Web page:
Most pro football historians who study the past Super Bowls will tell you that the greatest goal-line stand in Super Bowl history came in the third quarter of Super Bowl XVI. That goal-line stand by the San Francisco 49ers did detrimental harm to the chances of the Cincinnati Bengals to score what would have been a very important touchdown. The 49ers prevailed in a 26-21 win.
I happen to agree with most folks that the Super Bowl XVI goal-line stand was certainly the greatest one in Super Bowl history. But I am reminded of the goal-line stand in Super Bowl V. The goal-line stand in Super Bowl V, you say? Well, do not feel bad. Most pro football fans (and perhaps quite a few pro football historians) would be hard-pressed to remember it.
That could be because it occurred late in the first half in a tight contest between the Baltimore Colts and the Dallas Cowboys in Miami’s Orange Bowl Stadium. And quite a lot of people have forgotten it because it did not really play a decided point in the winning or losing of that game for either team…or did it?
Baltimore Trailing Dallas Late In The Half
Baltimore, who was trailing Dallas at 13-6, had managed to drive the ball down to the Dallas 2-yard line with two minutes left in the first half. A first-and-goal, and just 72 inches away from tying the game (if their placekicker, Jim O’Brien, would make the subsequent conversion, which he failed to do after Baltimore’s first touchdown earlier in the second quarter). Back in that era, if you could not gain 72 inches on the ground, then you probably didn’t deserve to tie the game. So, the Colts went with three straight running plays, each of which were straight dive smashes into the guts of the Doomsday Defense.
The first down Baltimore run was carried by rookie halfback Norm Bulaich. So was the second-down run. And the third-down run. Not a single yard in three rushing attempts was obtained by Bulaich. In retrospect, the Colts probably should have attempted a truly short and makeable field goal, but they did not. Instead, Baltimore quarterback Earl Morrall, who was in for the injured Johnny Unitas, decided to fake a handoff to fullback Tom Nowatzke, and throw the ball to tight end Tom Mitchell. But the play was doomed to failure when Mitchell tripped coming off the line of scrimmage.
Morrall held the ball for as long as he could, but while he was doing so, Mitchell was stumbling to try to complete his route. Morrall finally had to get rid of the ball, but Mitchell could not reach the area where the ball descended. The pass fell incomplete, and Dallas achieved a great goal-line stand in a Super Bowl.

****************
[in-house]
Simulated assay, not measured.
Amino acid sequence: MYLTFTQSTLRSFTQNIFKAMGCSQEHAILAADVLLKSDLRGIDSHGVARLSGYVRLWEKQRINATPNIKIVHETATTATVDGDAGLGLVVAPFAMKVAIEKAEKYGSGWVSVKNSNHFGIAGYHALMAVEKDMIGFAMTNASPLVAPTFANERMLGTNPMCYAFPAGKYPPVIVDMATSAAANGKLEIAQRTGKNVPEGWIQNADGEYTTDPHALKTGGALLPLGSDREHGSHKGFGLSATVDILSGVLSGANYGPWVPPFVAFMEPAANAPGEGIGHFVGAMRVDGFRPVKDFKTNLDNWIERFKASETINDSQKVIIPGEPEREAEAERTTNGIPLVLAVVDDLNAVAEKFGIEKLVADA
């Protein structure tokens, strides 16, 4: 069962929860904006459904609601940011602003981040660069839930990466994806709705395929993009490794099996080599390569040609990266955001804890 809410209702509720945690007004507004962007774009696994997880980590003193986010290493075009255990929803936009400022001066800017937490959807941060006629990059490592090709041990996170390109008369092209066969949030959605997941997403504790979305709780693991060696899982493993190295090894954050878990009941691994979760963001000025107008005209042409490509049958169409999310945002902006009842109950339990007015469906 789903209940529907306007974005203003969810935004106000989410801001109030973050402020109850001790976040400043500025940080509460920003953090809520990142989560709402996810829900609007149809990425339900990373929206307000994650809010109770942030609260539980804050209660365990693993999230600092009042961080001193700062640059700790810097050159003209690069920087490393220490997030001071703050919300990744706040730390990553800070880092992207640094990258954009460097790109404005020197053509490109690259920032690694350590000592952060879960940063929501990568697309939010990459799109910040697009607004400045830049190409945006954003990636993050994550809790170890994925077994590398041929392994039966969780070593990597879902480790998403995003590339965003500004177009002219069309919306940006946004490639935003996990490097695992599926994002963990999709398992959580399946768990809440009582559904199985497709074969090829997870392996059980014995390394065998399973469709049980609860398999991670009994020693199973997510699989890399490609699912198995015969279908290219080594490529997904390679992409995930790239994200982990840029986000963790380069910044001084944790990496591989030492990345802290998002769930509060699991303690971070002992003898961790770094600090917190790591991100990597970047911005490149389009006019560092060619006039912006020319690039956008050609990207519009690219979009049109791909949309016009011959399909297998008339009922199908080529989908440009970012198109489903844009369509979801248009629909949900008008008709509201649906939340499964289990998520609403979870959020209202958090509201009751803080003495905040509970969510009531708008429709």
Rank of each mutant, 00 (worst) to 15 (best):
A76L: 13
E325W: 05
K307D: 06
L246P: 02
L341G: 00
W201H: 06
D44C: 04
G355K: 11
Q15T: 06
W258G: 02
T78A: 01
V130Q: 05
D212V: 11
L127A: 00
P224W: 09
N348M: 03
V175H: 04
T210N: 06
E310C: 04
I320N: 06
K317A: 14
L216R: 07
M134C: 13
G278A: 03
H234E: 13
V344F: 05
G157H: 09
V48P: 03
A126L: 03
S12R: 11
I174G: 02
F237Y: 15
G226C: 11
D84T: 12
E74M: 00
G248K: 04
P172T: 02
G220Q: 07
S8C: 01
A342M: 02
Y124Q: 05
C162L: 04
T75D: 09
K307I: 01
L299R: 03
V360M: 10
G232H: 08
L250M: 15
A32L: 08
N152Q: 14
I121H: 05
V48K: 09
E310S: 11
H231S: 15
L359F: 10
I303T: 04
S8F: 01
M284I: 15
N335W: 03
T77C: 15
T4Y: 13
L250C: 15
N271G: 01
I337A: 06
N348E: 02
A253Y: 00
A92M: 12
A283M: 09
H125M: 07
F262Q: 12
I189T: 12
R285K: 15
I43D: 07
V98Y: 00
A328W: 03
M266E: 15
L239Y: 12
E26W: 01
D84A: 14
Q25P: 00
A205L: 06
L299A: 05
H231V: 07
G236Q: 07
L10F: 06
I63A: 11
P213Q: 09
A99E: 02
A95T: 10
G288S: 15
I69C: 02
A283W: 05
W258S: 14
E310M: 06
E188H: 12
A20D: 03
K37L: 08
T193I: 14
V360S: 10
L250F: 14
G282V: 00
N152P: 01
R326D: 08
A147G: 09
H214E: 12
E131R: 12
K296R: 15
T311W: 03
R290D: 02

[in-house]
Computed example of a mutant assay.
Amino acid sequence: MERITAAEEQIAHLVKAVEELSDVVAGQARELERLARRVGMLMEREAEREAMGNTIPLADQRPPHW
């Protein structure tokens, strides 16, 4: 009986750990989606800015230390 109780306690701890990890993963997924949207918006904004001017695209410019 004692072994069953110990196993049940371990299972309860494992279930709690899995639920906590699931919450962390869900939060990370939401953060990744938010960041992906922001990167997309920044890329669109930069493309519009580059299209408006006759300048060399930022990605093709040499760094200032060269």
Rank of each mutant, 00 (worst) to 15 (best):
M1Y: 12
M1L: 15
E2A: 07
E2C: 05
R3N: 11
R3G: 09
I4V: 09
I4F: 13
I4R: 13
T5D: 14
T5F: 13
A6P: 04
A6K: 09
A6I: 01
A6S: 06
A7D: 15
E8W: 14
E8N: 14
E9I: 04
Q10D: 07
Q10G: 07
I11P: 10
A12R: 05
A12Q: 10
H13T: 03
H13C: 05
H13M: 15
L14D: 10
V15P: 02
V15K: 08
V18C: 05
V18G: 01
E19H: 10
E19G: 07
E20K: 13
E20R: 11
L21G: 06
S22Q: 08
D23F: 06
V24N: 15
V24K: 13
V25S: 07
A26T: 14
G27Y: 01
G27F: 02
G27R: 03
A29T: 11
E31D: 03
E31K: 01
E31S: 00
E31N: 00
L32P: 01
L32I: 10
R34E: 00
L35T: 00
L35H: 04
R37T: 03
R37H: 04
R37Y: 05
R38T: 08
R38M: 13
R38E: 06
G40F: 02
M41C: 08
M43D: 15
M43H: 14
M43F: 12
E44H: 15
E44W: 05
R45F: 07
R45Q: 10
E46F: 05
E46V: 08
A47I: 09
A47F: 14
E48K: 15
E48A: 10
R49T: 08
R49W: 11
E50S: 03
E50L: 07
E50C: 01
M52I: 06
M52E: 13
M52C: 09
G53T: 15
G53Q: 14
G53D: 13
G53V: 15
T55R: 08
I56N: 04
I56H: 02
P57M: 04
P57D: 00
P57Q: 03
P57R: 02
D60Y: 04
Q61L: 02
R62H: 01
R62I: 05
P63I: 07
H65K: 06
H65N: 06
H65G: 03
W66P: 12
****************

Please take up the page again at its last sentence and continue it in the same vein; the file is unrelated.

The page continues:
Earl Morral's Point of View
In an interview that I conducted with Earl Morrall back in 2012 while I was writing my book on the NFL in the 1970s, he told me that he really wished that he could have that play over. He lobbed the ball to Mitchell, but the tight end just could not get to the prescribed area in time.
But this goal-line stand would turn out to help Baltimore’s cause. That is because later in the game, they would have another chance to dent the Cowboys’ end zone in the fourth quarter. The lessons that their failed tries to score from the Dallas 2-yard line in the second quarter would not be repeated this time around.
In their fourth-quarter attempt to score from the Dallas 2-yard line, Baltimore fullback Tom Nowatzke would be the ball carrier. He saw Bulaich’s failure to score on three straight tries in the second quarter as a lesson on what not to do when he got to carry the ball in the fourth quarter. When I interviewed Nowatzke around the same year that I interviewed Morrall for my book on the 1970s in the NFL, he…Nowatzke…told me that he had several previous runs earlier in the game, where he ran them incorrectly.
He also told me that he told Morrall that. He basically confessed to his quarterback that he screwed up. Morrall was willing to run the same exact play twice in a row if he were sold on how the next try would succeed. Nowatzke managed to make his point to Morrall, and lo and behold, Nowatzke plowed into the Dallas endzone on his second attempt at running a dive play off of left tackle. Today, you would almost NEVER see an offense running the same exact play two plays in a row.
It would be an anomaly.
Nowatzke’s touchdown tied the game at 13-13, and Baltimore would eventually go on to win the game, 16-13. But the successful goal-line stand (as Dallas saw it), or the same failed four attempts for the Colts to score from the Dallas 2-yard line in the second quarter, would give Baltimore enough lessons on what not to do if they ever got a similar chance again. They did, and pro football history was made. No, it wasn’t as famous as the goal-line stand in Super Bowl XVI, but I know that every member of the Super Bowl V Champion Baltimore Colts were fine with that.
Speaking of the goal-line stand of Super Bowl V, I wrote an article and had a podcast episode covering the only time in Super Bowl history the MVP came from a losing team, and it happened to be this game. Check it out, the Super Bowl MVP from the losing team.
Host and Author of Pigskin Past - Joe Zagorski
Throughout his days, Joe spent some time as a sportswriter and has been a member of the Pro Football Researchers Association since the mid-1980s. Joe is also a proud member of the Pro Football Writers of America.
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